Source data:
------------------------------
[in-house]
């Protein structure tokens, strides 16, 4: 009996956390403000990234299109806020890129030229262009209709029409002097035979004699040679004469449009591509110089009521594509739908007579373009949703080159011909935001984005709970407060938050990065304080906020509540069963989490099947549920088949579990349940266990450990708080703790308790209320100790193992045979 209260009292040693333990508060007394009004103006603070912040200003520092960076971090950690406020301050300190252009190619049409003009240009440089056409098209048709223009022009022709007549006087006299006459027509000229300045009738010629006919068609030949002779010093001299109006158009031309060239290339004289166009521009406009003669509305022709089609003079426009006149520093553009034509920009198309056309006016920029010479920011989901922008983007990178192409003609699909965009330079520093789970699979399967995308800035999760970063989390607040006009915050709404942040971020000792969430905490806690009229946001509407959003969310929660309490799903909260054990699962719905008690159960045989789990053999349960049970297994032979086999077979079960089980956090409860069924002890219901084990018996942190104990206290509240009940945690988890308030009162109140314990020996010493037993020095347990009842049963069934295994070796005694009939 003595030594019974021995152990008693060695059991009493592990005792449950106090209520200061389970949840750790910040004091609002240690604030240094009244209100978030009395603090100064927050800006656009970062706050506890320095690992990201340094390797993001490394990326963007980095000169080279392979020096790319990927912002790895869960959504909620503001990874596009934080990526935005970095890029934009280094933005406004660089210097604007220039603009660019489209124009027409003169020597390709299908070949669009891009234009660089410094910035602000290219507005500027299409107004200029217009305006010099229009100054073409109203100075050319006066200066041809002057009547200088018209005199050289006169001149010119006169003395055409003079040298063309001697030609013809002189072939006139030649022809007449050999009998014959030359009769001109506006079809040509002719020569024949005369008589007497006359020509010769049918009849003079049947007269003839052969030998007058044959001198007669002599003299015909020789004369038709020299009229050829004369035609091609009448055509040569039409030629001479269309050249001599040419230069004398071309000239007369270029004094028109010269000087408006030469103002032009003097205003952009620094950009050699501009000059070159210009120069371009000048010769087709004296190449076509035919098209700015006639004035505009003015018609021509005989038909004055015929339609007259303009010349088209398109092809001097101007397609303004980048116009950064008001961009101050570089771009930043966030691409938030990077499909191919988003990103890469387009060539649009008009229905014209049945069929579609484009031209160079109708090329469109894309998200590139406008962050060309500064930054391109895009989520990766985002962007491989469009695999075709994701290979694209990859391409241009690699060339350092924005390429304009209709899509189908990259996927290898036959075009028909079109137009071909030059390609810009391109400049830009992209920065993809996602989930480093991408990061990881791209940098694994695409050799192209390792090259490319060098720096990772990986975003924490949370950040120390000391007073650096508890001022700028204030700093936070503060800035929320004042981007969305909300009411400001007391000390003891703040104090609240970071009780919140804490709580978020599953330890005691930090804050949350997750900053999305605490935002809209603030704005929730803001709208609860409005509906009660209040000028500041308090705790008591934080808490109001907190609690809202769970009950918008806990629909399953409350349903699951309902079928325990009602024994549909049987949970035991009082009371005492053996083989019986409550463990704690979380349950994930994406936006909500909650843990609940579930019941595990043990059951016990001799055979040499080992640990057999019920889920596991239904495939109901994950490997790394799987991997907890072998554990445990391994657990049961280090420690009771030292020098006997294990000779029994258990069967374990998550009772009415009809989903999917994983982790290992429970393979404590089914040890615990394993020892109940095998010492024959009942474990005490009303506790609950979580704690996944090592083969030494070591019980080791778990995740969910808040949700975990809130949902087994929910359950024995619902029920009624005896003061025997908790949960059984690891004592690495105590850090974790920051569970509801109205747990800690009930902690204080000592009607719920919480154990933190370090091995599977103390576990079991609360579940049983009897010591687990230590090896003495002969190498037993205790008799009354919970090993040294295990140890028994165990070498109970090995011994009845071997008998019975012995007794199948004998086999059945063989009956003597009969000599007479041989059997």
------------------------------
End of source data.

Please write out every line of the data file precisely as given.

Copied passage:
[in-house]
């Protein structure tokens, strides 16, 4: 009996956390403000990234299109806020890129030229262009209709029409002097035979004699040679004469449009591509110089009521594509739908007579373009949703080159011909935001984005709970407060938050990065304080906020509540069963989490099947549920088949579990349940266990450990708080703790308790209320100790193992045979 209260009292040693333990508060007394009004103006603070912040200003520092960076971090950690406020301050300190252009190619049409003009240009440089056409098209048709223009022009022709007549006087006299006459027509000229300045009738010629006919068609030949002779010093001299109006158009031309060239290339004289166009521009406009003669509305022709089609003079426009006149520093553009034509920009198309056309006016920029010479920011989901922008983007990178192409003609699909965009330079520093789970699979399967995308800035999760970063989390607040006009915050709404942040971020000792969430905490806690009229946001509407959003969310929660309490799903909260054990699962719905008690159960045989789990053999349960049970297994032979086999077979079960089980956090409860069924002890219901084990018996942190104990206290509240009940945690988890308030009162109140314990020996010493037993020095347990009842049963069934295994070796005694009939 003595030594019974021995152990008693060695059991009493592990005792449950106090209520200061389970949840750790910040004091609002240690604030240094009244209100978030009395603090100064927050800006656009970062706050506890320095690992990201340094390797993001490394990326963007980095000169080279392979020096790319990927912002790895869960959504909620503001990874596009934080990526935005970095890029934009280094933005406004660089210097604007220039603009660019489209124009027409003169020597390709299908070949669009891009234009660089410094910035602000290219507005500027299409107004200029217009305006010099229009100054073409109203100075050319006066200066041809002057009547200088018209005199050289006169001149010119006169003395055409003079040298063309001697030609013809002189072939006139030649022809007449050999009998014959030359009769001109506006079809040509002719020569024949005369008589007497006359020509010769049918009849003079049947007269003839052969030998007058044959001198007669002599003299015909020789004369038709020299009229050829004369035609091609009448055509040569039409030629001479269309050249001599040419230069004398071309000239007369270029004094028109010269000087408006030469103002032009003097205003952009620094950009050699501009000059070159210009120069371009000048010769087709004296190449076509035919098209700015006639004035505009003015018609021509005989038909004055015929339609007259303009010349088209398109092809001097101007397609303004980048116009950064008001961009101050570089771009930043966030691409938030990077499909191919988003990103890469387009060539649009008009229905014209049945069929579609484009031209160079109708090329469109894309998200590139406008962050060309500064930054391109895009989520990766985002962007491989469009695999075709994701290979694209990859391409241009690699060339350092924005390429304009209709899509189908990259996927290898036959075009028909079109137009071909030059390609810009391109400049830009992209920065993809996602989930480093991408990061990881791209940098694994695409050799192209390792090259490319060098720096990772990986975003924490949370950040120390000391007073650096508890001022700028204030700093936070503060800035929320004042981007969305909300009411400001007391000390003891703040104090609240970071009780919140804490709580978020599953330890005691930090804050949350997750900053999305605490935002809209603030704005929730803001709208609860409005509906009660209040000028500041308090705790008591934080808490109001907190609690809202769970009950918008806990629909399953409350349903699951309902079928325990009602024994549909049987949970035991009082009371005492053996083989019986409550463990704690979380349950994930994406936006909500909650843990609940579930019941595990043990059951016990001799055979040499080992640990057999019920889920596991239904495939109901994950490997790394799987991997907890072998554990445990391994657990049961280090420690009771030292020098006997294990000779029994258990069967374990998550009772009415009809989903999917994983982790290992429970393979404590089914040890615990394993020892109940095998010492024959009942474990005490009303506790609950979580704690996944090592083969030494070591019980080791778990995740969910808040949700975990809130949902087994929910359950024995619902029920009624005896003061025997908790949960059984690891004592690495105590850090974790920051569970509801109205747990800690009930902690204080000592009607719920919480154990933190370090091995599977103390576990079991609360579940049983009897010591687990230590090896003495002969190498037993205790008799009354919970090993040294295990140890028994165990070498109970090995011994009845071997008998019975012995007794199948004998086999059945063989009956003597009969000599007479041989059997």